"I have a lot of emotions going on. I don't know how to feel," Patrick said, speaking at her mother's home. "I just don't know who to direct my anger to, besides Aaron. ... I do feel like there is justice for Lamar and Alijah. I feel like their souls can rest in peace."
According to Patrick, authorities said last year that they would look into the children's deaths.
The deaths of Michael's two children were never ruled a homicide, but were listed as "undetermined" by the Delaware County Medical Examiner's Office.
There was no physical evidence to indicate that the children had been murdered, Green said.
According to Patrick, Michael had maintained that their son had choked on a piece of Jolly Rancher hard candy.
"They told me Aaron suffocated Lamar in his sleep," Patrick said, referring to the authorities.
Patrick described herself as a friend of Alijah Townes' mom, Nicole, who lives in New Jersey. She said they spoke on the phone after the news broke.
According to Patrick, Michael had previously said Alijah "slipped in the car."
Green said Tuesday that investigations involving the children's deaths remain open.
"They were extremely suspicious of the circumstances that led to the deaths" of their children, Green said of the mothers.
The mothers of both children had primary custody. The children had been visiting him when they died, Green said.
According to Patrick, Lamar spent Wednesday nights and weekends with his dad.
Patrick said she wanted her son to have a relationship with his father.
"No matter what went wrong with us, Lamar truly loved his dad," she said. "At the end of the day, he had a relationship with Aaron. When he had that, Lamar was happy."
Added Patrick, "When he was around, Aaron was a great dad, I'll say that."
Patrick knew Michael since she was 14. She was never fearful of him, but she had sought a protection from abuse when he threatened her about child support. Patrick said she dropped it because the situation improved.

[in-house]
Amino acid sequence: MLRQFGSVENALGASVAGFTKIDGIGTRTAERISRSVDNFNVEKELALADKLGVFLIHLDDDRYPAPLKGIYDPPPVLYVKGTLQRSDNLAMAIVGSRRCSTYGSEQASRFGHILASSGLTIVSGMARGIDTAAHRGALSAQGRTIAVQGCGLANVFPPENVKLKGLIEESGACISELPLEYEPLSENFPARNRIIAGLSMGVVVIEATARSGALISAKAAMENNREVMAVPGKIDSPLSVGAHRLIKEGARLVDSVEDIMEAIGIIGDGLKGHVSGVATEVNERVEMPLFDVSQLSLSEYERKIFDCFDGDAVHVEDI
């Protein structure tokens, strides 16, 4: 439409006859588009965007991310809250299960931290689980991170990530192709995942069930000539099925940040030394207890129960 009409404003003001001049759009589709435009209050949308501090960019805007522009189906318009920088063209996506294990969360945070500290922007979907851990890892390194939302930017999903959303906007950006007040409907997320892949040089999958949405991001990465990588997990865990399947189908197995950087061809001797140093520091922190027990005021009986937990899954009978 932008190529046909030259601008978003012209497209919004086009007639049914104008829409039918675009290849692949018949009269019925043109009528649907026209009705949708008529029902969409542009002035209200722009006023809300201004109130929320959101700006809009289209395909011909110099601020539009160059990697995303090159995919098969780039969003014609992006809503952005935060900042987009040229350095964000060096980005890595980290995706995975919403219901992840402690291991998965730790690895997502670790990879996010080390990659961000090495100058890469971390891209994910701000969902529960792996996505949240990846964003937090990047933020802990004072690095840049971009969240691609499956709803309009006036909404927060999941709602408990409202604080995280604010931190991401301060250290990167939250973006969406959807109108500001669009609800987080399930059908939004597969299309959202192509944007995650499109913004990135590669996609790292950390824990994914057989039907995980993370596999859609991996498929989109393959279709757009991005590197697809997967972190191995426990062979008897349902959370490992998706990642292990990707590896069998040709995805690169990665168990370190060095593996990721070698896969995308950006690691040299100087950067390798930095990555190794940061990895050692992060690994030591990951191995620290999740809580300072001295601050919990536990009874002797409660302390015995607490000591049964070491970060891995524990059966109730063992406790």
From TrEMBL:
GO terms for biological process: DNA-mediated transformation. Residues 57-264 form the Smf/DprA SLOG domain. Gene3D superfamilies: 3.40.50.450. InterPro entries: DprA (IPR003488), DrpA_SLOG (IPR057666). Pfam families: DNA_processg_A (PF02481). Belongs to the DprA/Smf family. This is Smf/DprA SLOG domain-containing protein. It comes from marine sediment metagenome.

It was after Alijah's death that Patrick said she stopped all contact with Michael. Until then, she had given Michael the benefit of the doubt, she said.
Patrick said she drove by Michael just a few days ago. As usual, they didn't acknowledge one another.
Patrick lives on Constitution Avenue, the same street where Michael ambushed Arrington. She and Arrington were not friends but cordial, she said. Patrick is spending time at her mother's home in Brookhaven, the same house where family and friends gathered after Lamar's funeral.
"It's so sad what happened," she said. "There is a little boy that doesn't have a mother or a father."
Among the many special things she shared with her son -- whom she named after a friend because she simply loved the name -- Patrick said she misses bedtime the most. When he was really young, they would play a little game, "I love you to the moon."
As he got older and wanted to stall, he'd stretch the game to include the sun, the clouds, and all the stars.
"Everything in the sky. Anything to keep from going to bed," Patrick said. "I loved that."
Man kills Ridley mom, admits slaying 2 sons, is killed by cops
Victim, 23, had order to keep him away
Updated: JULY 22, 2009 — 3:01 AM EDT
Audra Thornton-Arrington, mother of the victim, is consoled. (Dave Schlott / For the Daily News)
by WILLIAM BENDER & STEPHANIE FARR, firstname.lastname@example.org 215-854-5255
Andrea Arrington, a 23-year-old working mother, was a strong-willed Ridley High grad with a supportive family, big plans for the future and the drive to make them a reality.
She'd just been accepted to Temple University and wanted to become a radio broadcaster.
Her ex-boyfriend Aaron Michael, the troubled son of a longtime Chester cop, had other things in mind.
Infuriated that Arrington had filed a restraining order against him, Michael, 29, grabbed his father's .40-caliber handgun - believed to be his service pistol - Monday night and ambushed Arrington in Ridley Township when she arrived at the babysitter's house to pick up their 2-year-old son, police said.
He opened fire before the babysitter opened the door.
"She collapsed on the ground," Ridley Detective Sgt. Scott Willoughby said of Arrington. "He stood above her and continued to fire into her - upwards of 11 times."
"He became desperate," said her mother, Audra Thornton-Arrington, "and he took my baby from me."